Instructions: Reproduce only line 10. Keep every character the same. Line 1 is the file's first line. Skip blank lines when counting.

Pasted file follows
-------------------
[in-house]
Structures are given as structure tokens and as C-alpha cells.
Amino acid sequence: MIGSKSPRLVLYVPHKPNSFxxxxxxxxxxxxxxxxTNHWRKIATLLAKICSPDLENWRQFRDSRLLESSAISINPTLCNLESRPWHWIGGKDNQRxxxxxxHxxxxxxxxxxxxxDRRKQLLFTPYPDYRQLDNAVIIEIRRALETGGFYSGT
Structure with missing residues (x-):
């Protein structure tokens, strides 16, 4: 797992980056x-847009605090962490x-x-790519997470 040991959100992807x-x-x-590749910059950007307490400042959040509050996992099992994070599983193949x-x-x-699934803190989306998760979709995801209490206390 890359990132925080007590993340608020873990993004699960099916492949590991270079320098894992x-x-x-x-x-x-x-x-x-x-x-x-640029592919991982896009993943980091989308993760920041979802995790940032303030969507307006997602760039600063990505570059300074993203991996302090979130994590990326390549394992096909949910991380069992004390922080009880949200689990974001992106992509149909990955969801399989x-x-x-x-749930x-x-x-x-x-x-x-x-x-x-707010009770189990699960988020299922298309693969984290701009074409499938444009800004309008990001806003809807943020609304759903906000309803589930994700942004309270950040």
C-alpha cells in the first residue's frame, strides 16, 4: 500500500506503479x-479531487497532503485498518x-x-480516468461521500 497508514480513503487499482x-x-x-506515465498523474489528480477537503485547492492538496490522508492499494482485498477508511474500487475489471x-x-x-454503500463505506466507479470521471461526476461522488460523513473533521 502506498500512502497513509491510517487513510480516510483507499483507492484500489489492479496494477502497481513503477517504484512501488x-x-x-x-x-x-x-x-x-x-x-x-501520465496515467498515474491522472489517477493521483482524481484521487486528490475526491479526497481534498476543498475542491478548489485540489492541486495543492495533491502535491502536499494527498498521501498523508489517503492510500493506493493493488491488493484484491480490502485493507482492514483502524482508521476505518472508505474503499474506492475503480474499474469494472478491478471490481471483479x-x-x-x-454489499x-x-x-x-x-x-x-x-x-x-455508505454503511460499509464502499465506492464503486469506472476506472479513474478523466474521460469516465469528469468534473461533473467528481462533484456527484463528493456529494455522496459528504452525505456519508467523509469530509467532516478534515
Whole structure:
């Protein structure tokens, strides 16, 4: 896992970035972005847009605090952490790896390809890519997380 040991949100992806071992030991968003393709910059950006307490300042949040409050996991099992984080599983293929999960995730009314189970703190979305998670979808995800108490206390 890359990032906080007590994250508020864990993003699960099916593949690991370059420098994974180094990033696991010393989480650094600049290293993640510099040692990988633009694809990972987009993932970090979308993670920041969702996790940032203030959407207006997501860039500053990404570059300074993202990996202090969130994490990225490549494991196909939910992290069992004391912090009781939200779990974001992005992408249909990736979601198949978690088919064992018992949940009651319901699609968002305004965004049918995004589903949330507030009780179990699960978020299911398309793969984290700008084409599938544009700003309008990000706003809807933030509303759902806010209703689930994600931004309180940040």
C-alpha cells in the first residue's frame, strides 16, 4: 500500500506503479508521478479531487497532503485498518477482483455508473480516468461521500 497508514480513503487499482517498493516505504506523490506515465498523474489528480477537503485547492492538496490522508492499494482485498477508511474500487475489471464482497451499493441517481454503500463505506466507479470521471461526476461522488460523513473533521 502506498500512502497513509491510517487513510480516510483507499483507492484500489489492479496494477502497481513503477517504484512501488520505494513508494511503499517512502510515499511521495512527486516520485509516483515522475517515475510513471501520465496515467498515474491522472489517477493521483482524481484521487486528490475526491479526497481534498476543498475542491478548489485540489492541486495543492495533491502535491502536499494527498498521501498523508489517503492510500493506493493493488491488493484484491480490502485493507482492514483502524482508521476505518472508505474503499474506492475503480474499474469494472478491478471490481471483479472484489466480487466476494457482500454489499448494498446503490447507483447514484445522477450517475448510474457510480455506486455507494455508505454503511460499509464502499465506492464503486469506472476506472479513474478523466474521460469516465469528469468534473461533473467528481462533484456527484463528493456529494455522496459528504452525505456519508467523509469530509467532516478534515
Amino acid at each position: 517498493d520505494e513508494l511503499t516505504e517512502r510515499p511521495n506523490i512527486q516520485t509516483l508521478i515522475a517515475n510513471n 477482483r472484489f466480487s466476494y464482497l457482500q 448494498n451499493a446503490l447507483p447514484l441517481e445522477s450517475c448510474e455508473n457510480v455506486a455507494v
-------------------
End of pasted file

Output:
Amino acid at each position: 517498493d520505494e513508494l511503499t516505504e517512502r510515499p511521495n506523490i512527486q516520485t509516483l508521478i515522475a517515475n510513471n 477482483r472484489f466480487s466476494y464482497l457482500q 448494498n451499493a446503490l447507483p447514484l441517481e445522477s450517475c448510474e455508473n457510480v455506486a455507494v